Protesters in Cairo’s Tahrir Square launched a sit-in on Friday following a rally to reclaim the revolution amid anger over the military rulers’ handling of the transition.
Thousands had flocked to the epicentre of protests that toppled president Hosni Mubarak in February to demand an end to military trials of civilians, cleansing institutions of former regime remnants, amendment of a recently published electoral law and social justice.
Speakers at the main podium declared they would remain in the square until their demands were met, but some groups including the April 6 pro-democracy movement that had joined the protests refused to take part in the sit-in.
Meanwhile, around 300 people left Tahrir and made their way to the defence ministry in the Abbassiya neighbourhood. The army deployed troops to block them from reaching the building, a security official said.
A few dozen protesters then took the metro train to get closer to the defence ministry but were blocked at the entrance by military police.
Some demonstrators began to throw rocks and stones at the metro station, damaging the entrance, a security official told AFP, adding that “some arrests had been made” though the exact number was not immediately clear.
The powerful Muslim Brotherhood had said Wednesday that it would not participate in the demonstration.
Among the crowd on Friday was US film star Sean Penn, who was carrying an Egyptian flag accompanied by Egyptian movie star and political activist Khaled al-Nabawi.
Preacher Mazhar Shaheen, delivering the Friday Muslim prayer sermon, vowed to protect the goals of the revolution that toppled Mubarak.
He urged Egypt’s military rulers to activate a law that prevents members of Mubarak’s now dissolved National Democratic Party from running for public office.
Shaheen also called for the amendment of a new electoral law, which stipulates that two-thirds of parliament be elected on a list system and one-third as independents.
The aim would be “to prevent powerful individuals from controlling votes by hiring thugs to bully voters.” Under Mubarak, influential businessmen associated with the regime were known to hire people to bribe or harass voters into picking them.
On Tuesday, the Supreme Council of the Armed Forces (SCAF), which took power when Mubarak was ousted, laid out the timetable for the first post-Mubarak elections, which will start on November 28 and take place over four months.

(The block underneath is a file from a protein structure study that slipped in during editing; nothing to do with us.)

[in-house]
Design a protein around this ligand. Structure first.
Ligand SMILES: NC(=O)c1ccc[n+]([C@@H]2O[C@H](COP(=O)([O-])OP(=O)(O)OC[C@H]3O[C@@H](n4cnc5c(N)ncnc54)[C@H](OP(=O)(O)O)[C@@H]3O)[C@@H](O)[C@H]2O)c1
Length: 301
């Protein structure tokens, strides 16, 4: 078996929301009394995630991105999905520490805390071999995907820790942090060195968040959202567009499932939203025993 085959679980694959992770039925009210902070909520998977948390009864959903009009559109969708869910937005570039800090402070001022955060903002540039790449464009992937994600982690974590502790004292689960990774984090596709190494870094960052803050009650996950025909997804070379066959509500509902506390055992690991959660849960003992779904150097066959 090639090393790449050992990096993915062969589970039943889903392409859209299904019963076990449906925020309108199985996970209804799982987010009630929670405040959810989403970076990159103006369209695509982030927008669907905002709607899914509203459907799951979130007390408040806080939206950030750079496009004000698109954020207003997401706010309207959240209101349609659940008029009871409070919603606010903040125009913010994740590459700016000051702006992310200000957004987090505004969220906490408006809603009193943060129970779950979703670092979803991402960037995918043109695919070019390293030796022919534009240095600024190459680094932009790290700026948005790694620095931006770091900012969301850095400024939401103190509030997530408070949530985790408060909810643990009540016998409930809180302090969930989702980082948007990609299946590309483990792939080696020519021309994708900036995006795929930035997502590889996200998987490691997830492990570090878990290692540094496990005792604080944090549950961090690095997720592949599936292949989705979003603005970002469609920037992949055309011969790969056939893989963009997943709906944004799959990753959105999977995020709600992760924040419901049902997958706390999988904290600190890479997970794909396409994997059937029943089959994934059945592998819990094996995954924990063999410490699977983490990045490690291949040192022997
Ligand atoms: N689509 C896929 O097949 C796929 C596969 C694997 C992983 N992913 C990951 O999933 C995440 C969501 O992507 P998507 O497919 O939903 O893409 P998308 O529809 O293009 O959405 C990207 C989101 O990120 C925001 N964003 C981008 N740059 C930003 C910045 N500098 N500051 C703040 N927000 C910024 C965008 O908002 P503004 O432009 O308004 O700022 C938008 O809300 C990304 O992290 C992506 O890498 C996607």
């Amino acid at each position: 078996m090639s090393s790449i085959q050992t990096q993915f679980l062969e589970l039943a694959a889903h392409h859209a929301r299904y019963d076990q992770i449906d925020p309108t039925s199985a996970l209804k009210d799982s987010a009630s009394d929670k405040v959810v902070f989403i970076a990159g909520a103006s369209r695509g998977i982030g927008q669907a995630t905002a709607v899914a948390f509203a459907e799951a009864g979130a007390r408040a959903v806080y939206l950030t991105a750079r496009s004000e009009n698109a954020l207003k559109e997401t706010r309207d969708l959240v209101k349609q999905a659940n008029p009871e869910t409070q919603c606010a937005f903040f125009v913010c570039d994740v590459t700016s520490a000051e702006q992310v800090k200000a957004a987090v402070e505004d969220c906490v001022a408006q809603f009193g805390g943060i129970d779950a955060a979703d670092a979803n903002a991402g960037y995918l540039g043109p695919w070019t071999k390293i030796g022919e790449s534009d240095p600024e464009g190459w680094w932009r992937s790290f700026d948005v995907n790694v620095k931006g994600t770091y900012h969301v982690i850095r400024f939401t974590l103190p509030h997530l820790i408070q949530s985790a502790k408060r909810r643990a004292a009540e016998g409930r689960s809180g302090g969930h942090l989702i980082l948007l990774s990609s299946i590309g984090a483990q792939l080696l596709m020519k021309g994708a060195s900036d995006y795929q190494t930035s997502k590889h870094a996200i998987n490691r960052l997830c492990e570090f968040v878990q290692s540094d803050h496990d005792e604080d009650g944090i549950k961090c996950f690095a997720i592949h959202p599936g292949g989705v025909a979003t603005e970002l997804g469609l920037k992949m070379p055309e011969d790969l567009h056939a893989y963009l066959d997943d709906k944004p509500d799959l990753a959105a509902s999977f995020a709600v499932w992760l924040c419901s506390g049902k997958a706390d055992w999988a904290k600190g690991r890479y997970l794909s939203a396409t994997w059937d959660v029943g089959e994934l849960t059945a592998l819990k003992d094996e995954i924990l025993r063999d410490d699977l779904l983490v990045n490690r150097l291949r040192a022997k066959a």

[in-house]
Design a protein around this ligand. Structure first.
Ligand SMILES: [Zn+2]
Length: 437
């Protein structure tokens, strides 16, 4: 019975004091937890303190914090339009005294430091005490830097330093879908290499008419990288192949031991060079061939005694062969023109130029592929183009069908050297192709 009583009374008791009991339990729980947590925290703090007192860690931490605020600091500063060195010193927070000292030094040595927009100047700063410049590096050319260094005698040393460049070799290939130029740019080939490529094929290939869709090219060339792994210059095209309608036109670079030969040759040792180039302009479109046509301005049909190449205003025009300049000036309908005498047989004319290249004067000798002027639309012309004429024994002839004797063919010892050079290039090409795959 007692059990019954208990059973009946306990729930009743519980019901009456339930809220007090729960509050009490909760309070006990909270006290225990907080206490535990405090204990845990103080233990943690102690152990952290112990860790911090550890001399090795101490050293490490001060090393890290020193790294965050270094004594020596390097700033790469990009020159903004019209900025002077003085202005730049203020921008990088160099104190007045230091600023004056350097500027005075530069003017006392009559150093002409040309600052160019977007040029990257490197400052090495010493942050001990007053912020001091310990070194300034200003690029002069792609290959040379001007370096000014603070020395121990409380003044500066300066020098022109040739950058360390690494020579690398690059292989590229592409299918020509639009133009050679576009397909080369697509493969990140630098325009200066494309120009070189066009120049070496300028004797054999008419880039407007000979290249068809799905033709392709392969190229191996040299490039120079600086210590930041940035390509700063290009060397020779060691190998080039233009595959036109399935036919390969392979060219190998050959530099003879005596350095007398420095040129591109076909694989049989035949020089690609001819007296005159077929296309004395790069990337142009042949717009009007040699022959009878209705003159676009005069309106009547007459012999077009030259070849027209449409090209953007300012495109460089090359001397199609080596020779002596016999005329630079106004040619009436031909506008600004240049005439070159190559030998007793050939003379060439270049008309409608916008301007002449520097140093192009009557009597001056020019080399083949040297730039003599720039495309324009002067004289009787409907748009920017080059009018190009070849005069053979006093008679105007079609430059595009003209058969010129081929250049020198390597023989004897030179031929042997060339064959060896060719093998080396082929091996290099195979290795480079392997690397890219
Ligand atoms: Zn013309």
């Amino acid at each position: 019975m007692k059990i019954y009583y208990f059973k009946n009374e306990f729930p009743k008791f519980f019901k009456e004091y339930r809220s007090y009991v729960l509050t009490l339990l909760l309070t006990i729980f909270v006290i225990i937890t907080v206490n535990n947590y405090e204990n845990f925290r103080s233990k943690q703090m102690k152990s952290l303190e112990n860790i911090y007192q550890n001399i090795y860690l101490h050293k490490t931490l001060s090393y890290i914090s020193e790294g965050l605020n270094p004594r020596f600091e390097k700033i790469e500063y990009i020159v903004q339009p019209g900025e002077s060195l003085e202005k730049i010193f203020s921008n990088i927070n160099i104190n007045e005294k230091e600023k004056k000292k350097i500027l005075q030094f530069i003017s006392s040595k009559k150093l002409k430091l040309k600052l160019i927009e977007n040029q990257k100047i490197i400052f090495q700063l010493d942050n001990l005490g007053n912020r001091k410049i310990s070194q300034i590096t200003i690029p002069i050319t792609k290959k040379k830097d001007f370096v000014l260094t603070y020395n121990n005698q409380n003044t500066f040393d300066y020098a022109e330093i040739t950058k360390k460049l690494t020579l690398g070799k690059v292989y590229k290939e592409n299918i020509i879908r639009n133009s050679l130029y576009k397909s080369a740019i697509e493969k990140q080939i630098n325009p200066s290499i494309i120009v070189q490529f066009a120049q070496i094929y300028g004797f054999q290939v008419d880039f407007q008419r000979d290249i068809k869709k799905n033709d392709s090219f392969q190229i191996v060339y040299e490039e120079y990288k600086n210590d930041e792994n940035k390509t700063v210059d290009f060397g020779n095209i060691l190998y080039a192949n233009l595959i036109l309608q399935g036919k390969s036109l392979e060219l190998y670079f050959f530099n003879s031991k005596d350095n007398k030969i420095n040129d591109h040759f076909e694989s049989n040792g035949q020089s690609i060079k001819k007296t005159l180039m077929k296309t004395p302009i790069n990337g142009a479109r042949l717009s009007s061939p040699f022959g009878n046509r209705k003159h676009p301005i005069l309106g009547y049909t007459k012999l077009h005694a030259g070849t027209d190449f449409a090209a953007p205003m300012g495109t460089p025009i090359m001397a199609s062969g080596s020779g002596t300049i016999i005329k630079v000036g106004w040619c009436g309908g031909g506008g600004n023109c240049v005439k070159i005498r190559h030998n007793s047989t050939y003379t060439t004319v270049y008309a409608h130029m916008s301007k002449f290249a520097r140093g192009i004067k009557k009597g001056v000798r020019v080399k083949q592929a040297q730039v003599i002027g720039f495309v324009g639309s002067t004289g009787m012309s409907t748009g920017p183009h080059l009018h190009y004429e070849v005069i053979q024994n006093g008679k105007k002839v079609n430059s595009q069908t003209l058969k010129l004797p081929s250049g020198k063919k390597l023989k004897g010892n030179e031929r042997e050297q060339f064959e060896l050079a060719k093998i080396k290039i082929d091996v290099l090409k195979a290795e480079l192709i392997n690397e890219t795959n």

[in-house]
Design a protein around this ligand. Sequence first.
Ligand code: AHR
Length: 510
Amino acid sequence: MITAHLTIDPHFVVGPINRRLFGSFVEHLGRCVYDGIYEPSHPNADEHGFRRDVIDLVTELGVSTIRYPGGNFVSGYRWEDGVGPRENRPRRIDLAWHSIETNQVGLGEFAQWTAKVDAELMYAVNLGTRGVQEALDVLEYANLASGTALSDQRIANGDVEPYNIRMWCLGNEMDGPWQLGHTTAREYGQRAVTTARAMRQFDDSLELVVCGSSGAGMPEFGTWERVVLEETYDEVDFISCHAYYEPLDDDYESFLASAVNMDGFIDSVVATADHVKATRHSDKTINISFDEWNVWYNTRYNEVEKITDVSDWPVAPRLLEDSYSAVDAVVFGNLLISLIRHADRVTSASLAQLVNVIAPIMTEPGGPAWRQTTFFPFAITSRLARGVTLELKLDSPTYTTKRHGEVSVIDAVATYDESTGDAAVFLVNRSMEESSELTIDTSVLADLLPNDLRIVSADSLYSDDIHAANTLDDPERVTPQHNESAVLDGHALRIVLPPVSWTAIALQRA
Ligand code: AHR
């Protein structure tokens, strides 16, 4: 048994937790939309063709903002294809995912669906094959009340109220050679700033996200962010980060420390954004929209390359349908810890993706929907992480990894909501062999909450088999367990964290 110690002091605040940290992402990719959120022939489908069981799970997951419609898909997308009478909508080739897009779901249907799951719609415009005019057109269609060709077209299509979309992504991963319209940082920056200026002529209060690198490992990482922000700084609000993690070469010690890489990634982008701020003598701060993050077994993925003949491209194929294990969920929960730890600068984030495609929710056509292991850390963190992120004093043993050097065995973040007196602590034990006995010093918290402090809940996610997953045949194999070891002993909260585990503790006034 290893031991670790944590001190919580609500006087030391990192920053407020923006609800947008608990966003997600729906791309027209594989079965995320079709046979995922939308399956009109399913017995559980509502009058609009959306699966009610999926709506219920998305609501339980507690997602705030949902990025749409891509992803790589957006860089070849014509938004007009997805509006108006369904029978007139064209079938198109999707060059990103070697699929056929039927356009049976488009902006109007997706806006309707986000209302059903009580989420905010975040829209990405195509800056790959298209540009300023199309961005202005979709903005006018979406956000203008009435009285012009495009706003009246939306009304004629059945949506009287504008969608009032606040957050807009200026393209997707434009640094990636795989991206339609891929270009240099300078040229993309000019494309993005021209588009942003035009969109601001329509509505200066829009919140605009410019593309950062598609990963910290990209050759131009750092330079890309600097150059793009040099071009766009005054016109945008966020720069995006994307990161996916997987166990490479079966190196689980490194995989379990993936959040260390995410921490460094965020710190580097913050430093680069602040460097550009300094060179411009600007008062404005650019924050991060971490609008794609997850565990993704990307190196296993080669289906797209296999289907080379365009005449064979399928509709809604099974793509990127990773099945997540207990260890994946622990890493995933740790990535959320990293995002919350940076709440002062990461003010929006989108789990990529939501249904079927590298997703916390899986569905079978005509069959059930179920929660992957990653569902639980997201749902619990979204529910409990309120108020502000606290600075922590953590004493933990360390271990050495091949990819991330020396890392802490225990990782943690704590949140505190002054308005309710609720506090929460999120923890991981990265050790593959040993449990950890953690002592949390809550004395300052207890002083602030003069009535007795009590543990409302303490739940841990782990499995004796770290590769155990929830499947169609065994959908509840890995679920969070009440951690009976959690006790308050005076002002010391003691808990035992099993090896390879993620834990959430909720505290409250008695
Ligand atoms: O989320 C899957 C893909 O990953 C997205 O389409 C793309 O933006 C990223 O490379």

Presidential elections are expected to be held next year.
The Democratic Coalition, which groups dozens of parties including the powerful Muslim Brotherhood and the liberal Wafd party, have threatened to boycott the vote.
They fear the electoral laws will help old regime figures to return to parliament.
Under Mubarak, candidates affiliated with his party used patronage or pressure to garner votes.
Activists say that a proportional list system would help avoid that because voters would be electing candidates based on a party’s political platform, circumventing candidates’ personal power and influence.
On Thursday, six presidential hopefuls, including former Arab League chief Amr Mussa, issued a statement denouncing what they say is the military’s extension of the transition period.
They called on SCAF to provide a clear road map, which would ensure that presidential elections are scheduled for no later than March 2012.
On the eve of Friday’s protest, SCAF warned against any threat to democracy and national security and “those who seek to impede the democratic transformation that began with the call for parliamentary elections.”
“Those who have called for the Friday (protest) bear the responsibility to organise and secure and protect all private and public property,” SCAF said.
“Any encroachment on army units or camps or important establishments will be considered a threat to Egyptian national security and will be dealt with with the utmost firmness.”
Military ruler Field Marshal Hussein Tantawi has repeatedly stressed the army’s commitment to democracy, but protesters have maintained pressure on the military council he presides over because of the slow pace of change.
Thousands of protesters have gathered in Tahrir Square on an almost weekly basis to rally for speedy reforms.